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Someone found the 18th-century version of the distracted boyfriend meme – ANITH
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Someone found the 18th-century version of the distracted boyfriend meme

Someone found the 18th-century version of the distracted boyfriend meme


The distracted boyfriend meme — that image in which a man checks out one woman while holding hands with another — gained popularity last summer, used to explain moral dilemmas like choosing between dealing with responsibilities or taking a nap. (The answer is always take a nap.)

The original image is just one piece of a multi-part stock photo series about love, infidelity, and the breakdown of a toxic relationship. And, upon further investigation, it seems this format (like the behavior itself?) has been around for at least a few centuries. 

Twitter user @ELXGANZA found the “18th-century equivalent” of the meme, which portrays a similar scenario: a man torn between two women as his partner looks understandably offended.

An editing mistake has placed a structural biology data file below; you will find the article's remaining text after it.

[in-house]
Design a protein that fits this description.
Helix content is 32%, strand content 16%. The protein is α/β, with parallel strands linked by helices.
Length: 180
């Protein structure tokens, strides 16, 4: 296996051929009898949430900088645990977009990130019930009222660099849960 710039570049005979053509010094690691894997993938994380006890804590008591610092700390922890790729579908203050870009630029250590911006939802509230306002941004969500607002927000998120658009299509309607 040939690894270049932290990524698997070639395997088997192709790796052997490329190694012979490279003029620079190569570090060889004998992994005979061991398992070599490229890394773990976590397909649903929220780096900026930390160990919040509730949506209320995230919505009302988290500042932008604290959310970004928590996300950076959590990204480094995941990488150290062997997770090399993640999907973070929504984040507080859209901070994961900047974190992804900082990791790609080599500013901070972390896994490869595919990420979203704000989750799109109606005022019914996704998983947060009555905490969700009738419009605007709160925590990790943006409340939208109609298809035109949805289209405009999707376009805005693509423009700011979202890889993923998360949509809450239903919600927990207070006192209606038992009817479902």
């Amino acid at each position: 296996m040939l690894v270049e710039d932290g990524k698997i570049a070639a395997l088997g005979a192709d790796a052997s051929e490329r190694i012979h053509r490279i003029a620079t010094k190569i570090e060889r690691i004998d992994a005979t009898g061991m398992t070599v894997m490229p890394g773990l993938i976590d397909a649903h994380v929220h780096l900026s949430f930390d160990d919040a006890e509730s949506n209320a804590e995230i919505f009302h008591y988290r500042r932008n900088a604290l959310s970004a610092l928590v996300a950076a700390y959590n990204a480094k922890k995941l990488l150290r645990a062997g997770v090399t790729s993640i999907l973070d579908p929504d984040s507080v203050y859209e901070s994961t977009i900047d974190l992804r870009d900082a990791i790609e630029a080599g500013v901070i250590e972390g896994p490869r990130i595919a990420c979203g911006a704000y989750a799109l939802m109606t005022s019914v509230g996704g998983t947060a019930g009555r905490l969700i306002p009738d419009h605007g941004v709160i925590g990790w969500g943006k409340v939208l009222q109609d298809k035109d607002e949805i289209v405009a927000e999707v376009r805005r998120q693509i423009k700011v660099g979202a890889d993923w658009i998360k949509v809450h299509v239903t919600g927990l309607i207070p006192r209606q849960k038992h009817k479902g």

The original distracted boyfriend meme is a 1761 painting by English artist Joshua Reynolds. It depicts his friend and actor, David Garrick, caught between two women who are supposed to symbolize Comedy and Tragedy. The Tate Modern, where the painting is on display, calls this piece “one of the most important of his entire career.” 

According to the Tate, “The subject was probably Garrick’s own idea: a playful parody of the classical story of Hercules choosing between pleasure and virtue, designed to emphasise Garrick’s versatility.”

This painting from 1761 looks a lot like a recent meme.

Comedy, dressed in a revealing pink dress, playfully tugs Garrick away from Tragedy, who looks absolutely disgusted while holding his hand — almost just like in the beloved distracted boyfriend meme. 

They’re even wearing the same color!

And Comedy has no regrets. 

Twitter users responded with 18th century-appropriate versions of the distracted boyfriend. 

After their newfound Twitter fame, @ELXGANZA posted one, too. 

If you find yourself in London and want to see the original image for yourself, it’s on display in Room 8 of the Tate Modern. 

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